When Sherry Crichfield mentioned to her husband, Tim, that she'd found plans for her ideal Wine Country farmhouse while surfing the Internet, he immediately put the kibosh on the idea.
"Absolutely not. We're not buying anything online," the retired financial consultant informed his wife.
Famous last words. After calling several architects for estimates on a custom design — one said he would start at $75,000 and "go from there" — they wound up clicking back to Houseplans.com and selecting a classic, single-story California ranch house with an old-fashioned exterior and a simple, contemporary interior.
They paid $15,000 for plans for an architect-designed house that included site plans, permits and engineering and personal adaptation to their Sonoma property. The Novato-based company has built two houses in the Sonoma Valley adapted from the same plans created by in-house designer Nick Lee, so the Crichfields were even able to walk through an existing variation of their home before buying.
"It was an amazing deal, overall," said Sherry, a retired dental hygienist and cooking-school graduate. "We saved tens of thousands of dollars and got pretty much what we wanted."
Mass-produced house plans have been around since at least the turn of the last century. Many manufacturers have sold the American dream through catalogs, books and pamphlets. Would-be homeowners could thumb through pages of pretty homes,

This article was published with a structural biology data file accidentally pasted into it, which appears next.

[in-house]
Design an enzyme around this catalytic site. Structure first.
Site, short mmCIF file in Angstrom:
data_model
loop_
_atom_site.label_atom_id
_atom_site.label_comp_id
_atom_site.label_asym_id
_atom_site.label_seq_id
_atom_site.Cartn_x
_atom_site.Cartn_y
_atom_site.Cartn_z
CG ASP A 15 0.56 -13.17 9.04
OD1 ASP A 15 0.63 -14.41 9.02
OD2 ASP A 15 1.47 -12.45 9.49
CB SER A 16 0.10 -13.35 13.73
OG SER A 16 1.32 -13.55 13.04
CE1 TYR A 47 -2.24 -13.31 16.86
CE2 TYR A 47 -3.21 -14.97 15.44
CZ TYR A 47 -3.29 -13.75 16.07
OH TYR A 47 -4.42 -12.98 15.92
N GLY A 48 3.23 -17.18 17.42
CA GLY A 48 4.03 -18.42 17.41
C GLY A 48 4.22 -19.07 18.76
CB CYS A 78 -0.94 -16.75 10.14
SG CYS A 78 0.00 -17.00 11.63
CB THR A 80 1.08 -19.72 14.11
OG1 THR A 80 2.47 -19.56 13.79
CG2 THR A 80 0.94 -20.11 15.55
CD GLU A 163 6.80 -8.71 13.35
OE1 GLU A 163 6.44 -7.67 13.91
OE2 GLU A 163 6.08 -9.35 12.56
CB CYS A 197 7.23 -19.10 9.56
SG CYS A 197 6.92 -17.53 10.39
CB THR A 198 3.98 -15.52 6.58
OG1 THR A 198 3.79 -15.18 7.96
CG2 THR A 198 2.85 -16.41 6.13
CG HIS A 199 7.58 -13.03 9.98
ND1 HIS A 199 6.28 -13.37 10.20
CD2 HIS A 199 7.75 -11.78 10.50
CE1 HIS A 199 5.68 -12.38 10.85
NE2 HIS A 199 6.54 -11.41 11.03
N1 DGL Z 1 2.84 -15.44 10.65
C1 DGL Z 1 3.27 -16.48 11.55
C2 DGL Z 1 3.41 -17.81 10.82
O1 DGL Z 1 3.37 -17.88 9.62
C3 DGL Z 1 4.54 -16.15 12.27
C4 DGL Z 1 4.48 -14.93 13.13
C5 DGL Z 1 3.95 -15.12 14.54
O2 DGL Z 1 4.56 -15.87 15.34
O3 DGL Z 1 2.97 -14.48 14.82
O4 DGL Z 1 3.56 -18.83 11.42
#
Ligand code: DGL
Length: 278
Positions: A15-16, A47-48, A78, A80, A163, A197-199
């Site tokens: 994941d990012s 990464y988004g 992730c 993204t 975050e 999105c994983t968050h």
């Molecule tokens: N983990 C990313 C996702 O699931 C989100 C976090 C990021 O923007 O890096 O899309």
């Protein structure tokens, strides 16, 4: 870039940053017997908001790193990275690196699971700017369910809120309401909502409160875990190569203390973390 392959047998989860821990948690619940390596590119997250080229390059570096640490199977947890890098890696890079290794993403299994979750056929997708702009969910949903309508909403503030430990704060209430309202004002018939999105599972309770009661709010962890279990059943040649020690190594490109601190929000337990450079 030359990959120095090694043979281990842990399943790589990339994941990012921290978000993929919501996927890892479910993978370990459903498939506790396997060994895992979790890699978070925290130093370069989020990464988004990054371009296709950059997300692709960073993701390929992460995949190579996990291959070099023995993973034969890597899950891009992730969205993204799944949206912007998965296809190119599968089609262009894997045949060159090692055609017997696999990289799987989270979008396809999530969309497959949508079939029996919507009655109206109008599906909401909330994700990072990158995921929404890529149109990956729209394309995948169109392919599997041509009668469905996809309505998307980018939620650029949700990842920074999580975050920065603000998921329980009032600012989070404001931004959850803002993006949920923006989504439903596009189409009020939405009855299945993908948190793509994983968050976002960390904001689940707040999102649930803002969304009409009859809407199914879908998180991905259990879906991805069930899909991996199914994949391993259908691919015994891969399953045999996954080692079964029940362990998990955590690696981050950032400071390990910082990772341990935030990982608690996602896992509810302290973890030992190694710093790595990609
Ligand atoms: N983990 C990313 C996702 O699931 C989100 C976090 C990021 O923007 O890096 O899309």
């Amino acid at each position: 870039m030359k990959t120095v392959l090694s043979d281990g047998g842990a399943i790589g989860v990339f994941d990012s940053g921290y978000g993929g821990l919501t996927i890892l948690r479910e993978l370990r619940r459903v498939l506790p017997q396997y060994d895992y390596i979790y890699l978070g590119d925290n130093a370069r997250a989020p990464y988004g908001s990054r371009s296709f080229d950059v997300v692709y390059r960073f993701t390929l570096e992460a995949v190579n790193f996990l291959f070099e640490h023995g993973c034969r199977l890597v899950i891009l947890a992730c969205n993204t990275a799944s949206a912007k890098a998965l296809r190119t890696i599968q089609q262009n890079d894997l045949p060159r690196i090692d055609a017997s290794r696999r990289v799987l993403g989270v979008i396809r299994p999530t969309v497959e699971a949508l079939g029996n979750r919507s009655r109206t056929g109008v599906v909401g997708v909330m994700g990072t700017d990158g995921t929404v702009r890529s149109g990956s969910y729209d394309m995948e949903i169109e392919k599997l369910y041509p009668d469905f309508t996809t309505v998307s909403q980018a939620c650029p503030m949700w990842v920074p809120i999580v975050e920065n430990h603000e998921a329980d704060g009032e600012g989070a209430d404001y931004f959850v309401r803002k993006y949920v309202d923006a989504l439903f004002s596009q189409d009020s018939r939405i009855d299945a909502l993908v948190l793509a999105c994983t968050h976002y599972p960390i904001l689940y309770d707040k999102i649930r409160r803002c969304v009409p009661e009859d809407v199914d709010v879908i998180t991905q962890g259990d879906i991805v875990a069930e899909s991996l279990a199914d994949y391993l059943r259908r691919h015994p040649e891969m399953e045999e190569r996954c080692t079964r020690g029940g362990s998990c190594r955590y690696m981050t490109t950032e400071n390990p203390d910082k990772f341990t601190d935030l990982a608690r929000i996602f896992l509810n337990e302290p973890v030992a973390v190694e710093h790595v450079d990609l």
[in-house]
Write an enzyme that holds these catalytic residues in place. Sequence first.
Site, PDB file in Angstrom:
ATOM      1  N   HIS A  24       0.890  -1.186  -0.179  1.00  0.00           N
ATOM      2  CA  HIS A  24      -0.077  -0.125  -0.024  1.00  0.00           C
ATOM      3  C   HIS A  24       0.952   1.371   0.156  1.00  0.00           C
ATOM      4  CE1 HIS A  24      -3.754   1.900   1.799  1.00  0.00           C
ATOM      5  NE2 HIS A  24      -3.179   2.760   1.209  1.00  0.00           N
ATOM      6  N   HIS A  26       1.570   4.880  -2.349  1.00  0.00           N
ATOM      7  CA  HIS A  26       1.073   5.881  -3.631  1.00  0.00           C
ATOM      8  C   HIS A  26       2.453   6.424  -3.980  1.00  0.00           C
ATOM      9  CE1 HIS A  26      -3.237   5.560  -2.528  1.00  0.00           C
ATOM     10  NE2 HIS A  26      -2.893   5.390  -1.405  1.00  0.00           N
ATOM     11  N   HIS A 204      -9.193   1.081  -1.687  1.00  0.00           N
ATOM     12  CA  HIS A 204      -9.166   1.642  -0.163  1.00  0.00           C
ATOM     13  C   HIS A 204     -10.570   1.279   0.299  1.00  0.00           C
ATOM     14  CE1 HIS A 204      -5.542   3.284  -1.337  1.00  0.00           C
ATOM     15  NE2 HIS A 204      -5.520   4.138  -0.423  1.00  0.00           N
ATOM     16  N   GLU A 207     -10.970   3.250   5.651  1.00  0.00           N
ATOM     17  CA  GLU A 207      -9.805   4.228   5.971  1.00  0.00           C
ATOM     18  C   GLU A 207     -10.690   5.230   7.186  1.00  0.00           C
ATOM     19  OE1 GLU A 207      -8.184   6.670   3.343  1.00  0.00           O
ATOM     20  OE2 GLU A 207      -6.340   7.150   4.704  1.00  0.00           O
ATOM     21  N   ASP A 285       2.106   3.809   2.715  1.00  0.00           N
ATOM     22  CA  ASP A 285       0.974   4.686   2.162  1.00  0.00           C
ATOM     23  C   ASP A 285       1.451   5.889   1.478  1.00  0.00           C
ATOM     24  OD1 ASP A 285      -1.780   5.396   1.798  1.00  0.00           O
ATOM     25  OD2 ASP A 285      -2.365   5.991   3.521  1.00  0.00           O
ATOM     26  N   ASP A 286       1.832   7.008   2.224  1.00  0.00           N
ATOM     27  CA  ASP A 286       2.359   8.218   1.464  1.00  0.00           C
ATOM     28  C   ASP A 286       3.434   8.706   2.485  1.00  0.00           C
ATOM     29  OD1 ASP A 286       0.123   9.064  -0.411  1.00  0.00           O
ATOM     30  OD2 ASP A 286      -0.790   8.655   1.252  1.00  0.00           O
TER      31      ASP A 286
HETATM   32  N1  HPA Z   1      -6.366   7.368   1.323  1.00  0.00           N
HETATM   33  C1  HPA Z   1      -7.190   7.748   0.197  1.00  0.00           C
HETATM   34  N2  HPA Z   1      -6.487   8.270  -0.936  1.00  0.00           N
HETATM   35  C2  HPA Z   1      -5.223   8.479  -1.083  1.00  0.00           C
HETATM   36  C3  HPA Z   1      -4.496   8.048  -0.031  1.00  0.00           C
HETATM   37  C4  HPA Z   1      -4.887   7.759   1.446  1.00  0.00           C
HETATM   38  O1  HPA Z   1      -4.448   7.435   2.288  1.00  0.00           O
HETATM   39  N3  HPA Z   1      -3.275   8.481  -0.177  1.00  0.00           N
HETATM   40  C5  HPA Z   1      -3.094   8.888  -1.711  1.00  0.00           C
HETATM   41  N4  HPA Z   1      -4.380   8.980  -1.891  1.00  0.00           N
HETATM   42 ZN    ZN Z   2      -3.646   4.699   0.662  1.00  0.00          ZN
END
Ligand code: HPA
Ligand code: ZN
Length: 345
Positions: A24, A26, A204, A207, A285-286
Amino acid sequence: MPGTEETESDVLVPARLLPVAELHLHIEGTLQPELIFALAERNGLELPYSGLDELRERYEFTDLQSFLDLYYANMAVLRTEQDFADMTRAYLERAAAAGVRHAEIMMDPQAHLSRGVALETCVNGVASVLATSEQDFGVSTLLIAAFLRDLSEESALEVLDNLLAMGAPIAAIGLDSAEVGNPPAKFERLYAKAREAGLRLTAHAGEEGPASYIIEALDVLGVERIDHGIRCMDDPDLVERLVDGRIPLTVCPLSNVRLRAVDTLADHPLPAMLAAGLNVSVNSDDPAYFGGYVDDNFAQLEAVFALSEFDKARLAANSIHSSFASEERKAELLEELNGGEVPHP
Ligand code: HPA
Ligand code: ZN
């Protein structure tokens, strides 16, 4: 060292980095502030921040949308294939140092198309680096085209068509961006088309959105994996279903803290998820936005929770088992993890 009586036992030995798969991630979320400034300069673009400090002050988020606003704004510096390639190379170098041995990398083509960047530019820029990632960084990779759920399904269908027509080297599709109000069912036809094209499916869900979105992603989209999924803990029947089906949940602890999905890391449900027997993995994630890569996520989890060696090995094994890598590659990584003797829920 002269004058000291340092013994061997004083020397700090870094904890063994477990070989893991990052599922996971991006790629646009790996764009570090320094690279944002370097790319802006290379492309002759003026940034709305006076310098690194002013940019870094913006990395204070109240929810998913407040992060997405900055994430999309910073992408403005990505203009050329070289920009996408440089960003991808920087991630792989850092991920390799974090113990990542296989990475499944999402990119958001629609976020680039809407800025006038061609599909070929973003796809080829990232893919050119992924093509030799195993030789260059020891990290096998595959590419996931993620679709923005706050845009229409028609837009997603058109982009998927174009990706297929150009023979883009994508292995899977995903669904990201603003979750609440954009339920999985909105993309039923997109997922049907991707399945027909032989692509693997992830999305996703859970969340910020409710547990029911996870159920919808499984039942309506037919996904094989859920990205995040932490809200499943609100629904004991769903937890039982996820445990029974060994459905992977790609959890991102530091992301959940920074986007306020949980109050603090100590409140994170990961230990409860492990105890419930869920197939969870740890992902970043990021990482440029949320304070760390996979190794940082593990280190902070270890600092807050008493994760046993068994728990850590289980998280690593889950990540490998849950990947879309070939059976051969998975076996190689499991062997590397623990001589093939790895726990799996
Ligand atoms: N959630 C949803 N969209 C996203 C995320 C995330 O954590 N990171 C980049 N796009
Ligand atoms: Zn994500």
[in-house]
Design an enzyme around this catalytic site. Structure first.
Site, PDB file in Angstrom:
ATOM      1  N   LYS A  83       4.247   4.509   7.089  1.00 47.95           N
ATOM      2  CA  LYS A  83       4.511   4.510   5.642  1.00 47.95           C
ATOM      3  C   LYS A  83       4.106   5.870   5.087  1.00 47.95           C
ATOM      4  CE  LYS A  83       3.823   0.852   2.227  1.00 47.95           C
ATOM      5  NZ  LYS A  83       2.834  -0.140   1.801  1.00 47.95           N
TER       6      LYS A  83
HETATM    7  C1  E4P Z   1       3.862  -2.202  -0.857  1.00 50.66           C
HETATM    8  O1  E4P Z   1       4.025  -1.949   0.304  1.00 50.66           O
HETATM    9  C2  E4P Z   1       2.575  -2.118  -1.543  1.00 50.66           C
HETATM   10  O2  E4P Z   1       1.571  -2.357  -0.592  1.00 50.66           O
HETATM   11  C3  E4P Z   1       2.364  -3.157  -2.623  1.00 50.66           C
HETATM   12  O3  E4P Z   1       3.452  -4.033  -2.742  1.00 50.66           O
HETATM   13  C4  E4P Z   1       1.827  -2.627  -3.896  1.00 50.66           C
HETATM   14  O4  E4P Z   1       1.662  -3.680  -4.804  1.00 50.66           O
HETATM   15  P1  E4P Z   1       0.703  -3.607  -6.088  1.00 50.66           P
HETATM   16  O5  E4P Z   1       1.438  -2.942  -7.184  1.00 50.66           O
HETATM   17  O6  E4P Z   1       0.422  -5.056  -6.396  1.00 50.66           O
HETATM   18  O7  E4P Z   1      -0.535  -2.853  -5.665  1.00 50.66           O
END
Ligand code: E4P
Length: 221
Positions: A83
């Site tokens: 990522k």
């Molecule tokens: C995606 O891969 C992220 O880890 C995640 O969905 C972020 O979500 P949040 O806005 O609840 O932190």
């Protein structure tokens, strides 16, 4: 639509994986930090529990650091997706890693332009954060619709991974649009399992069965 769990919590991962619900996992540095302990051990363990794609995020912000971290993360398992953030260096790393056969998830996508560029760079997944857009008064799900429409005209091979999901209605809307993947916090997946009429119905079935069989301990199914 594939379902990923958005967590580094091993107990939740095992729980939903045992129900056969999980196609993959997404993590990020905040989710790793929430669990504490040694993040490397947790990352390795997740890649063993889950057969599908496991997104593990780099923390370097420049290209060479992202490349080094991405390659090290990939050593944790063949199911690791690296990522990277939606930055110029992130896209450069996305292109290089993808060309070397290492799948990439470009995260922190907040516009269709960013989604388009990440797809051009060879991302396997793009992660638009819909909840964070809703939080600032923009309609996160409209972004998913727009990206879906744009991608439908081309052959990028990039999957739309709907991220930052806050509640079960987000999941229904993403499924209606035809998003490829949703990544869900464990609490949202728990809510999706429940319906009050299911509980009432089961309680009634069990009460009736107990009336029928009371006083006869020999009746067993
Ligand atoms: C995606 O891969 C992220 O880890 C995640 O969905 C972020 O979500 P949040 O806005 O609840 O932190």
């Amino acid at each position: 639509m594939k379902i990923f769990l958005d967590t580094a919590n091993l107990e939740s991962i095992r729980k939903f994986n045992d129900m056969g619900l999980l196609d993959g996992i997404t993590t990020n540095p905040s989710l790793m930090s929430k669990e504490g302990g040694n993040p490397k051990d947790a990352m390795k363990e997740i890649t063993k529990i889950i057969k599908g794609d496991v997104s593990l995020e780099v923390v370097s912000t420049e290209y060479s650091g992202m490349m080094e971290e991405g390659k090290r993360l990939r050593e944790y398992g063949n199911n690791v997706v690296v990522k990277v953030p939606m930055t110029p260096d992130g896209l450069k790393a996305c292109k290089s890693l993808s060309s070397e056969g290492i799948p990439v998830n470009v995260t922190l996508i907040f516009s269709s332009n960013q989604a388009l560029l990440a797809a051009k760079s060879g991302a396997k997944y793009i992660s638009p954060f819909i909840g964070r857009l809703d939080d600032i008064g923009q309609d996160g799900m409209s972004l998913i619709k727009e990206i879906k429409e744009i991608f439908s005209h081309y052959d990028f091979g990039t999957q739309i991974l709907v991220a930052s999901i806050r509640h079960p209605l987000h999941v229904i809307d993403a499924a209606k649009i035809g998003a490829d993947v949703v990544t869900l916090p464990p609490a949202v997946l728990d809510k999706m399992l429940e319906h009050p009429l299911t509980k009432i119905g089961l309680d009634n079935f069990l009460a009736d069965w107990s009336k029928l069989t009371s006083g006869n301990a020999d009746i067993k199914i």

dreaming of a wrap-around porch or a white picket fence.
But companies like Houseplans.com, as well as other big sites like Eplans.com and Dreamhomesource.com, are trying to move that concept into the digital age.
Since taking over Houseplans.com, owner Stephen Williamson,a former CEO for Odwalla juices, has set out to retool the site. He recruited Dan Gregory, a longtime senior editor of Sunset Magazine with a doctorate in architectural history from UC Berkeley, to finely curate the plans and architects whose works are featured on the site.
"We don't just accept everybody. I look at the work and if it meets our needs, we start with a few plans and we go from there," Gregory said.
Clients can shop an inventory of 30,000 plans, covering virtually any style from adobe and Victorian to Colonial, French country, Prairie or Southern Plantation. They can also search by size, shape, lot characteristics, cost or features like great kitchens.
Most of the architects are from the Bay Area, but the site also highlights international names like Leon Meyer from Australia and Lorenzo Spano from Italy.
Working the contacts he made during his years with Sunset, Gregory actively recruited a stable of exclusive architects and designers, some of them pioneers in small-scale and sustainable architecture, like urban innovator Donald McDonald of San Francisco; Francois Levy, author of "BIM in Small-Scale Sustainable Design"; Marianne Cusato, who designed the compact Katrina Cottages; and Sarah Susanka, the celebrated advocate for downsized design and author of the popular "Not So Big House" series.
Susanka is a big advocate for making good design more available, and high-quality, pre-made plans that can be adapted if necessary to different needs and building sites offer great promise if done right, she said.